Come to save us, O Lord our God.
Come and save us.


A concluding collect (prayer) may be added.

Tuesday, December 16, 2014

The Way of Advent - Stations Eleven and Twelve, and Concluding Prayers

Eleventh Station – John the Baptist Anticipates the Coming of the Christ 
(Mark 1:7-8)

Our King and Savior now draws near:
Come among us and save us, we pray.

John proclaimed, “The one who is more powerful than I is coming after me; I am not worthy to stoop down and untie the thong of his sandals. I have baptized you with water; but he will baptize you with the Holy Spirit.”

V.  Here is the Lamb of God
R.  Who takes away the sin of the world.

Let us pray. (Silence)

Merciful God, who sent your messengers the prophets to preach repentance and prepare the way for our salvation: Give us grace to heed their warnings and forsake our sins, that we may greet with joy the coming of Jesus Christ our Redeemer; who lives and reigns with you and the Holy Spirit, one God, now and for ever. Amen.     (Book of Common Prayer, 211)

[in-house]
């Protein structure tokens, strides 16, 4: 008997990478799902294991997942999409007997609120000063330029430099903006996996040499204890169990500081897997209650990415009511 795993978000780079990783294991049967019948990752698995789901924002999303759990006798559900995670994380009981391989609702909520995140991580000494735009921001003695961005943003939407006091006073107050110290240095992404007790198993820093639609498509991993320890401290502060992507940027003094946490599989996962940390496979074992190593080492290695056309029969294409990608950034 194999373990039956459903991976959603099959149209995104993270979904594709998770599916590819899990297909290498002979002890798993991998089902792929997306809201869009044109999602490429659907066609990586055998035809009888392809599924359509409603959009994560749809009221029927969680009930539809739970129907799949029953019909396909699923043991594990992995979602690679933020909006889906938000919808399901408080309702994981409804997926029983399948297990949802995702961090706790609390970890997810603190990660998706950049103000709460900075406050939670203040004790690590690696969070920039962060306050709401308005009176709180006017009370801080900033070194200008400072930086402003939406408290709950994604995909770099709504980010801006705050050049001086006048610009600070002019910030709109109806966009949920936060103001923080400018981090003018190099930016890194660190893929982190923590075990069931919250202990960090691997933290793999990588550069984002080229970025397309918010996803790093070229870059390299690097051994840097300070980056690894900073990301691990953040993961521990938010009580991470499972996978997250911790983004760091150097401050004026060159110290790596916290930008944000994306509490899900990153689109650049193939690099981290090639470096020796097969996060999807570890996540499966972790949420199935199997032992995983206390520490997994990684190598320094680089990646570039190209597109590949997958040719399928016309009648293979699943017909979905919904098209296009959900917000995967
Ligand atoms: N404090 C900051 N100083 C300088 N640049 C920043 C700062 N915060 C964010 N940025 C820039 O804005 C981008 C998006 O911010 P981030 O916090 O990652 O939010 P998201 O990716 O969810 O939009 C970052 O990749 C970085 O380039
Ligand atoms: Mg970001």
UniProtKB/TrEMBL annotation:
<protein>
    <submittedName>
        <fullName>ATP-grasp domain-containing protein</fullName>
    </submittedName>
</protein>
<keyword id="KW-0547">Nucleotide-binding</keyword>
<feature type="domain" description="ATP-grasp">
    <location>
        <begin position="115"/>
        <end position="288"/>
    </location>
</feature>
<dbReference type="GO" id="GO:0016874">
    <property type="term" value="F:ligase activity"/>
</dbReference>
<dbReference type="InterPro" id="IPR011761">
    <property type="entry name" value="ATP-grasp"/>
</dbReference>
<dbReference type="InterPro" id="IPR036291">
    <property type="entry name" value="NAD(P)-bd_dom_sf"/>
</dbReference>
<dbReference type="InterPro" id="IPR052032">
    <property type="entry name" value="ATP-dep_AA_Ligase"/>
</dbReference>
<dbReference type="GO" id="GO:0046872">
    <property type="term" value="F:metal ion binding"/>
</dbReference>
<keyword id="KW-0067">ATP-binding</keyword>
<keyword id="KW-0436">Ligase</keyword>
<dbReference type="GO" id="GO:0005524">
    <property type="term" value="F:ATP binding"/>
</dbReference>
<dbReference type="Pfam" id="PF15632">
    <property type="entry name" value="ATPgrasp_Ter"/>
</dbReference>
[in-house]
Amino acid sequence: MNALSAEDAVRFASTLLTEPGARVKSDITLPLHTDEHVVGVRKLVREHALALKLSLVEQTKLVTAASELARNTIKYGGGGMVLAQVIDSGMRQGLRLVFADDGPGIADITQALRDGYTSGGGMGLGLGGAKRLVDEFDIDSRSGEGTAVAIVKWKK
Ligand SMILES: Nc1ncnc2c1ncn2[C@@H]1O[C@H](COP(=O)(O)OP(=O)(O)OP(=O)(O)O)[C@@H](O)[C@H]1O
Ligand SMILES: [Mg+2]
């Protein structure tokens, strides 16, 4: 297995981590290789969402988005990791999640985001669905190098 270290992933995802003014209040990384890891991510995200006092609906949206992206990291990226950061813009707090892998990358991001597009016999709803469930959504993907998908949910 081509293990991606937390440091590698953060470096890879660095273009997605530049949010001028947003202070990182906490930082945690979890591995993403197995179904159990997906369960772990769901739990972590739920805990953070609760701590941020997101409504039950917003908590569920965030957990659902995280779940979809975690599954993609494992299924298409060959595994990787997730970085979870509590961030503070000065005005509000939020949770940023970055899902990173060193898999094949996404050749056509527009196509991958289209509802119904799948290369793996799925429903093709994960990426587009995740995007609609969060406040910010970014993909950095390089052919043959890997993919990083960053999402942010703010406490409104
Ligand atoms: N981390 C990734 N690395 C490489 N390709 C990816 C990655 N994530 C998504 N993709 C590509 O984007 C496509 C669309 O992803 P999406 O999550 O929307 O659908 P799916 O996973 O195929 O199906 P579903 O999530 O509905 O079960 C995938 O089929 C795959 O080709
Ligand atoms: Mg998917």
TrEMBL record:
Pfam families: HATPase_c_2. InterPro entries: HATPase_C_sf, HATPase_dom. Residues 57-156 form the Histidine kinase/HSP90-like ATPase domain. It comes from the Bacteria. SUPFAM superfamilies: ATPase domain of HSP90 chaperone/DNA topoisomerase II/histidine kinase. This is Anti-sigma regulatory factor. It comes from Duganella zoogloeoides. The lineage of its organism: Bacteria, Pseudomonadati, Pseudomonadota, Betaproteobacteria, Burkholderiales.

Savior of the nations, come!
Virgin’s Son, make here your home.
Marvel now, both heaven and earth,
that the Lord chose such a birth.
               - Martin Luther (after Ambrose of Milan)
               The Hymnal 1982, #54  st. 1



Twelfth Station – The Fulfillment of the Reign of God (Rev. 21:1-4a)

Our King and Savior now draws near:
Come among us and save us, we pray.